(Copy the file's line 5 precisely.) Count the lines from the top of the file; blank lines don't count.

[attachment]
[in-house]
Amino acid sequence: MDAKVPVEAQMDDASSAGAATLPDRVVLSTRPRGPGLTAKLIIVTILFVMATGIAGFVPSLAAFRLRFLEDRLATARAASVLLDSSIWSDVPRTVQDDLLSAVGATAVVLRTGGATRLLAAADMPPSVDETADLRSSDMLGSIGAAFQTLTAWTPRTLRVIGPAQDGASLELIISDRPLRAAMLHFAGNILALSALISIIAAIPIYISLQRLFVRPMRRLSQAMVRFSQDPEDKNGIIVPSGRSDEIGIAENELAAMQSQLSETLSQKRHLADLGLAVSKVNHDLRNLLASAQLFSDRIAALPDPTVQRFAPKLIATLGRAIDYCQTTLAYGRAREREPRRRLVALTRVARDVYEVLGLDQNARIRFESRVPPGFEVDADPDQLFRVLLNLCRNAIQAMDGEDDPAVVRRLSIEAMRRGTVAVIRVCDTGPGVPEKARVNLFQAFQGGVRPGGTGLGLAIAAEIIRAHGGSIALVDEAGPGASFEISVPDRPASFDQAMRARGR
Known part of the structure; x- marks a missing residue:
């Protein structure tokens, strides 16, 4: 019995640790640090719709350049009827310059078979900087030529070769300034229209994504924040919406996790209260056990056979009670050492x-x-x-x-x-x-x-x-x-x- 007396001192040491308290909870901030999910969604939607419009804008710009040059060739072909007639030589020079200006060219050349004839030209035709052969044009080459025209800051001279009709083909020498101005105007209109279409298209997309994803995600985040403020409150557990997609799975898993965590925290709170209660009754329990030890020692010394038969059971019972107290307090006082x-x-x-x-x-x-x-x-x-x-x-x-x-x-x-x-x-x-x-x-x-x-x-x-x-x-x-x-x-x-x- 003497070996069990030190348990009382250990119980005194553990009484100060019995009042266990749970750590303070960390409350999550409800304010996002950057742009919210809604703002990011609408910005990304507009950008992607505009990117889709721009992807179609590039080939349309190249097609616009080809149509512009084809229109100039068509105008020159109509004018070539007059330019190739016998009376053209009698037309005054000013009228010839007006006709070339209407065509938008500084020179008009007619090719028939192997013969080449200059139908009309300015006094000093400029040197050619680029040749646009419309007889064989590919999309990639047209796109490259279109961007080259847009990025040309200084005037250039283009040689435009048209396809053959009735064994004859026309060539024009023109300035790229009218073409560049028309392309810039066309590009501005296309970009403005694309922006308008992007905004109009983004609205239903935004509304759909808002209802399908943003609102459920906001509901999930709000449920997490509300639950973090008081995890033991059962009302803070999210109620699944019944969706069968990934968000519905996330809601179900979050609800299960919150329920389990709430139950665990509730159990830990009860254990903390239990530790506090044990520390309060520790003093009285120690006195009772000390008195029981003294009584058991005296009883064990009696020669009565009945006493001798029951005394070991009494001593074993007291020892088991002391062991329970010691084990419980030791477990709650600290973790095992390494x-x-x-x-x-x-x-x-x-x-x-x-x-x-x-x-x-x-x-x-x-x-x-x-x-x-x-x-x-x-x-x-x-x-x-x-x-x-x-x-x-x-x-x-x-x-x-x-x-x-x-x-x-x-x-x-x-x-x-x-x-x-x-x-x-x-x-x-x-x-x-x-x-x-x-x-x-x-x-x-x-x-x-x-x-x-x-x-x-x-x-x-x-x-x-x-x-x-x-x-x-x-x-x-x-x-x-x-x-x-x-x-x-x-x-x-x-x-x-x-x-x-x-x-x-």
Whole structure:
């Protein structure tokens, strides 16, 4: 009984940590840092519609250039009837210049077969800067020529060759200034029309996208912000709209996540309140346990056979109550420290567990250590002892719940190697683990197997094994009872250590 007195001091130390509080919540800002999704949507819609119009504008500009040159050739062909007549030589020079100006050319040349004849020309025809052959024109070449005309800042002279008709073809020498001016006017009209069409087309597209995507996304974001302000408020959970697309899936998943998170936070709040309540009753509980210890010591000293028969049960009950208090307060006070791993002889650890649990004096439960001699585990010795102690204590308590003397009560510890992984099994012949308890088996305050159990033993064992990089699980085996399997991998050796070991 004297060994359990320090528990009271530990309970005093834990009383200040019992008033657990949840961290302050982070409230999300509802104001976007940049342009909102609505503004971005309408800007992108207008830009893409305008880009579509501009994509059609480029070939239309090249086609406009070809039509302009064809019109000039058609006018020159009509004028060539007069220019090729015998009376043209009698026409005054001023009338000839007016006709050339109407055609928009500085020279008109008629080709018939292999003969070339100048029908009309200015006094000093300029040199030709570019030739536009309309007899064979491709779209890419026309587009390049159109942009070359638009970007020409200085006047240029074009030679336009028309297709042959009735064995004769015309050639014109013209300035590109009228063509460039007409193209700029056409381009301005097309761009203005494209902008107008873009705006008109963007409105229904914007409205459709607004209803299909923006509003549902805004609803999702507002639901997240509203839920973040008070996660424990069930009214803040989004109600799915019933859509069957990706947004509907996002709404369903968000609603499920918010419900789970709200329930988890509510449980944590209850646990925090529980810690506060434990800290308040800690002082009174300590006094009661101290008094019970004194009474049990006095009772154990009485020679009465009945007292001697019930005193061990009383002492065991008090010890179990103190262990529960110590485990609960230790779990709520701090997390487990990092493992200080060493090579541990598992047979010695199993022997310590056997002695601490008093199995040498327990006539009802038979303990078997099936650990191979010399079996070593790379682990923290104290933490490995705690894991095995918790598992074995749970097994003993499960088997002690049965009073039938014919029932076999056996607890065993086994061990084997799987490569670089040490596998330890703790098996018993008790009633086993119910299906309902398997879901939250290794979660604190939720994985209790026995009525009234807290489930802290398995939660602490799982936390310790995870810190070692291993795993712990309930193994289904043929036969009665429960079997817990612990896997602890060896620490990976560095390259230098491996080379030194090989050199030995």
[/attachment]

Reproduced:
Whole structure: